Bun Rieu in Saigon – Vietnamese Crab and Tomato Rice Noodle Soup

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Bun rieu
Bun rieu

The white and green logo-ed Vinasun cab pulled up to the curb by Auntie’s house and those of us without motorbikes piled in.

“Mama! Mama! In a taxi!,” squealed Wee Scotch. He was as excited to be riding a cab as I was nervous to see him not strapped down to a car seat.

We were off to a “Bun rieu” eatery that was nearby and supposedly slurping good according to my Uncle Tsing (not my real uncle but close enough). As we were driven in and out of alleyways, trailing motorbikes going at less than 40 kph and incessantly honking, “nearby” seemed like quite a far drive. I held tightly on to Wee Scotch – as the days in Saigon wore on, he was getting better at sitting still in a car and even let me put a seat belt on him – albeit an adult seat belt.

At last we arrived at the bun rieu vendor – which looked like another eatery-cum residence. We were a party of 8 and took up half of the small interior space.

bun rieu vendor
Bun rieu vendor in Saigon

Bun rieu is a rice vermicelli soup made with a pork, crab, and tomato stock (lots of tomatoes!) and served with crab meat, minced pork, and fresh herbs. I’m sure there are other variations of toppings (I’ve heard of snails) but I haven’t experienced them yet. I’ve read that bun rieu originated in northern Vietnam.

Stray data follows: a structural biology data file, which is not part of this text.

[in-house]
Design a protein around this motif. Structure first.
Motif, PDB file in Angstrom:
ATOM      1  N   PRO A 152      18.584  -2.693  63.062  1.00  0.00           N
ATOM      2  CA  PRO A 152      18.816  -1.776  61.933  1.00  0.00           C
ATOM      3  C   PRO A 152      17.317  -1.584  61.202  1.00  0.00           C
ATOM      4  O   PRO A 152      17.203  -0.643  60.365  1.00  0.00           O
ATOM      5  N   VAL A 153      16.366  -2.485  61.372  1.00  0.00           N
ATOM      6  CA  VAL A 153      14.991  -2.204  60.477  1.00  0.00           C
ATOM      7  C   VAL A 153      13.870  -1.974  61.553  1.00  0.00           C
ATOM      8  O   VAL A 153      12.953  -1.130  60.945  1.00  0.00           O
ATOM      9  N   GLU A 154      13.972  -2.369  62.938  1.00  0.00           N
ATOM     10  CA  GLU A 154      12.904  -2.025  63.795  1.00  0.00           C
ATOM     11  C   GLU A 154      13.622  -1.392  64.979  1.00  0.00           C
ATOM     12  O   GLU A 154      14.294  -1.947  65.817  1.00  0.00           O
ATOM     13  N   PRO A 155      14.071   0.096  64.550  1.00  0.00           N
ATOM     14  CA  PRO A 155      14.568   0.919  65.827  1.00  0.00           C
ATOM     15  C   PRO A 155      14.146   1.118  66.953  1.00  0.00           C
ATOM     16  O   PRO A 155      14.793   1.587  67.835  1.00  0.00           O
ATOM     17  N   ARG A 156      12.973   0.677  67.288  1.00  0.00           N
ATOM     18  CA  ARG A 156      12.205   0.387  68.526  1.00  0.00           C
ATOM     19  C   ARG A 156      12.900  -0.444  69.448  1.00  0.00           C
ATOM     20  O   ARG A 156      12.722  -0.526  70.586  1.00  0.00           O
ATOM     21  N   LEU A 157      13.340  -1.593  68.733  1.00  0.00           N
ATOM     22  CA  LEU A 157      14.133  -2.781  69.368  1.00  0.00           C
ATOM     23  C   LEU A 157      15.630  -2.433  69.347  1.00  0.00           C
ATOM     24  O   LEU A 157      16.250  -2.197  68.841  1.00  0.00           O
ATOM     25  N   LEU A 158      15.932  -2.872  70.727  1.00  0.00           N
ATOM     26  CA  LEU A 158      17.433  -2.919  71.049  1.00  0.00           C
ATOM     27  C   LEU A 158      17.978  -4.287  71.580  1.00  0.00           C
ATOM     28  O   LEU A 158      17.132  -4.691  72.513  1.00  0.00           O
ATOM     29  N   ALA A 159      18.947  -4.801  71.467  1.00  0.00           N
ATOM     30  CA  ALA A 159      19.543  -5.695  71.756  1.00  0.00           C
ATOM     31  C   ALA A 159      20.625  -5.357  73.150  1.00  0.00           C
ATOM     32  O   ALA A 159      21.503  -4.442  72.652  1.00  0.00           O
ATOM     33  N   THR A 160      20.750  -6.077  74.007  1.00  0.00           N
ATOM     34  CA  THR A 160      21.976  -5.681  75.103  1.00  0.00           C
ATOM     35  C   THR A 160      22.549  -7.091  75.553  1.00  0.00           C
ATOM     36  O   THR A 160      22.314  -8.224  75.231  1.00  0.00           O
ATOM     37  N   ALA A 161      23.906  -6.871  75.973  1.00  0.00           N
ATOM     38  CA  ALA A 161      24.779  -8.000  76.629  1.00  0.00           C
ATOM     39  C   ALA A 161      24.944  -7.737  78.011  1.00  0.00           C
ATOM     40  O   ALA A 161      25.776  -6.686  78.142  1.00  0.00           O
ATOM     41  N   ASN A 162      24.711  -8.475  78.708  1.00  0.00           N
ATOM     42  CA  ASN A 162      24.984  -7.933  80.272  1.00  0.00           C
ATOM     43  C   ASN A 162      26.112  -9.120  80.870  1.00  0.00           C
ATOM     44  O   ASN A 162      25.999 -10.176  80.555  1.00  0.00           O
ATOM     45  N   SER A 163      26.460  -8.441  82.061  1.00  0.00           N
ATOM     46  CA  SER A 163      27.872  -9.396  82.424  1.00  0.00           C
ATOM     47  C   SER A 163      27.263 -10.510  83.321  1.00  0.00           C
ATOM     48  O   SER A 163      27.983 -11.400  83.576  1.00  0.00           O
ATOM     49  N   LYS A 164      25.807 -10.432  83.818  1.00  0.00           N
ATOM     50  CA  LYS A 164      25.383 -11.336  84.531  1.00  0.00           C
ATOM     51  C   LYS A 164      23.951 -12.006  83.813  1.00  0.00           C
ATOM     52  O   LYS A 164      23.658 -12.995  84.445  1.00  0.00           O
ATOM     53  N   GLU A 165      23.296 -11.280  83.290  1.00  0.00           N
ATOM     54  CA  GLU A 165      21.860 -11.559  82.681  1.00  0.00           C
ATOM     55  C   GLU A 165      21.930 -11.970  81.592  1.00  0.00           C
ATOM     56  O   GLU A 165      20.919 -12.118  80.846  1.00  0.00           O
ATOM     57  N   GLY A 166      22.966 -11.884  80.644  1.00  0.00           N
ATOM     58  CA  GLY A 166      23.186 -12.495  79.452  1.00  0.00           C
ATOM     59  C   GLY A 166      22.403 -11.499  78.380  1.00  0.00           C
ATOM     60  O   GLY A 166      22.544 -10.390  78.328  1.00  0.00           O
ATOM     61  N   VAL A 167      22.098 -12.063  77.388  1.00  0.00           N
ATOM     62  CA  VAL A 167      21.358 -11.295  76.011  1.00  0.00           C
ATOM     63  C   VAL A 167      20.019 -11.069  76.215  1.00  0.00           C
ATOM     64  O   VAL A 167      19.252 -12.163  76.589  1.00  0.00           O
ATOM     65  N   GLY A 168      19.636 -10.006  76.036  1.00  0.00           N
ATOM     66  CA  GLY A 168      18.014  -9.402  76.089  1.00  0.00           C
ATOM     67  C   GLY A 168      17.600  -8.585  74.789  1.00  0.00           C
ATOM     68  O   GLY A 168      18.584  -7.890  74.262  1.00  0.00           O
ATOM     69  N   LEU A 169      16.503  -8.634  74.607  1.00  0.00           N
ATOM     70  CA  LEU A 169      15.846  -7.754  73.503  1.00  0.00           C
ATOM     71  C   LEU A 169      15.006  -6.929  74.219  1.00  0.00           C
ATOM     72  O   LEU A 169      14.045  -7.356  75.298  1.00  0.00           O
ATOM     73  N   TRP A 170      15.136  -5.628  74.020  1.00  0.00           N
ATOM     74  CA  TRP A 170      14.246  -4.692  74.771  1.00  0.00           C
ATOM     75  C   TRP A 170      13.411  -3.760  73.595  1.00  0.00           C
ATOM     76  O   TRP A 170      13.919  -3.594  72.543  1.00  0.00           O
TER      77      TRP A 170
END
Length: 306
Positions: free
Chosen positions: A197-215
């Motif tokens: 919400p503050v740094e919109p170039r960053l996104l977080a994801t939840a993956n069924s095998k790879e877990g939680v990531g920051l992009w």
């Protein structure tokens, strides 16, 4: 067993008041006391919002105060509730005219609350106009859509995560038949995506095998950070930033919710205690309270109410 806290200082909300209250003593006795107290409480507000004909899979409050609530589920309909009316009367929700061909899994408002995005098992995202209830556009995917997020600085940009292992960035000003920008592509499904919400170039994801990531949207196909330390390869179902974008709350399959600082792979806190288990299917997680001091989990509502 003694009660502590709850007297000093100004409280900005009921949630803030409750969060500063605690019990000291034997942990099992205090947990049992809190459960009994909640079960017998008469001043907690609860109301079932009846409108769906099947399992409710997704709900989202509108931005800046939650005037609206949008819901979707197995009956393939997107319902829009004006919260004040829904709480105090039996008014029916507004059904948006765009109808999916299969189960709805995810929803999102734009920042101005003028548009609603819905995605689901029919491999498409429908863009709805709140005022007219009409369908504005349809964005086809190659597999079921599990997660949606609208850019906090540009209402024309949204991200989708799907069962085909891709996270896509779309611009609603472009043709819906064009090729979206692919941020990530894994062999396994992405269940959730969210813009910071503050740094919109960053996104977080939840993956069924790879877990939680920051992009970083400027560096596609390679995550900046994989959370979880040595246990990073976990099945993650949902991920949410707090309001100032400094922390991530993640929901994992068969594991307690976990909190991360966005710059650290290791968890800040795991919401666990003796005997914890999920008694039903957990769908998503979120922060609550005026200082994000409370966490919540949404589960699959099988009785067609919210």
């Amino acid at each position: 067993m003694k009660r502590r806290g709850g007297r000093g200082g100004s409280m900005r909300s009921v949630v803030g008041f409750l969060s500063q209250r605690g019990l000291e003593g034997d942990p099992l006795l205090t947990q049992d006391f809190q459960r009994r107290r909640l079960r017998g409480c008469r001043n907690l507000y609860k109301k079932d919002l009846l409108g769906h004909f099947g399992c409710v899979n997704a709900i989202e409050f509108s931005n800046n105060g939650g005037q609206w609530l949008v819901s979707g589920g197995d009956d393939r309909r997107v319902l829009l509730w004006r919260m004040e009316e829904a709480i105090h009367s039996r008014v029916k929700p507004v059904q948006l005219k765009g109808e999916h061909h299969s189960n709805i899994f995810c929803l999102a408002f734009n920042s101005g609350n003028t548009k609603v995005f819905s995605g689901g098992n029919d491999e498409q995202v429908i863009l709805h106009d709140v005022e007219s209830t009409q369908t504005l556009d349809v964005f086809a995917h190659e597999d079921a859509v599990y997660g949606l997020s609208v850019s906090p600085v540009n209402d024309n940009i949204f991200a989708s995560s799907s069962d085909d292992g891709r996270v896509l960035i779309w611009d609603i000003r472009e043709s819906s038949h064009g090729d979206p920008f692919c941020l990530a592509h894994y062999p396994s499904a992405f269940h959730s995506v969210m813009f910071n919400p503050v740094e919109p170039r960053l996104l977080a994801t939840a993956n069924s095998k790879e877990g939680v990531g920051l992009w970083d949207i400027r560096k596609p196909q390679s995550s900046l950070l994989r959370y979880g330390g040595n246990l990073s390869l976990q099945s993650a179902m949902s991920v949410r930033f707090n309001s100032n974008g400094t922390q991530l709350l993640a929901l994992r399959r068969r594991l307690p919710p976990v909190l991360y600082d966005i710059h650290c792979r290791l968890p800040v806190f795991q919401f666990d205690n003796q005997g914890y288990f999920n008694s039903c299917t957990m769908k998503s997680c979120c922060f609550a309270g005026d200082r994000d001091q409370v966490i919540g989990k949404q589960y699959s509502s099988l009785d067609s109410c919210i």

By the way, Bun = rice vermicelli and Rieu = (um, I’m not sure, I’ll have to check with my mom) and Cua = crab. So Bun rieu cua refers to rice vermicelli soup topped with extra crab meat.

Not being able to (ever) pronounce Vietnamese properly, I tend to say the words really fast trying to at least mimic the sing-song accent needed to intone the Vietnamese language. In my attempts to pronounce Bun rieu, what comes out of my mouth is “Moong Yeel,” which looks nothing like how it’s written but sounds close enough (at least to my ears) and has gotten me by all these years.

One of my favorite blogs on Vietnamese food, The Ravenous Couple, shared this insight on how the broth is prepared:

“Traditionally this soup is made with whole blue crabs which are then pounded in a large mortar/pestle. The crab meat is separated from the crushed body. The body of the crushed crab is then put into a fine mesh cloth or sieve and water is then strained through, forming the base of the broth.”

My mom does not make bun rieu in this labor-intensive way (and neither do I) but instead uses an already prepared crab spice mix (canned and available at some Asian supermarkets) and lumb crab meat (from Costco). I have a jar of the spice mix in my Dubai pantry and have been meaning to make my own bun rieu (and post the recipe) for quite some time now.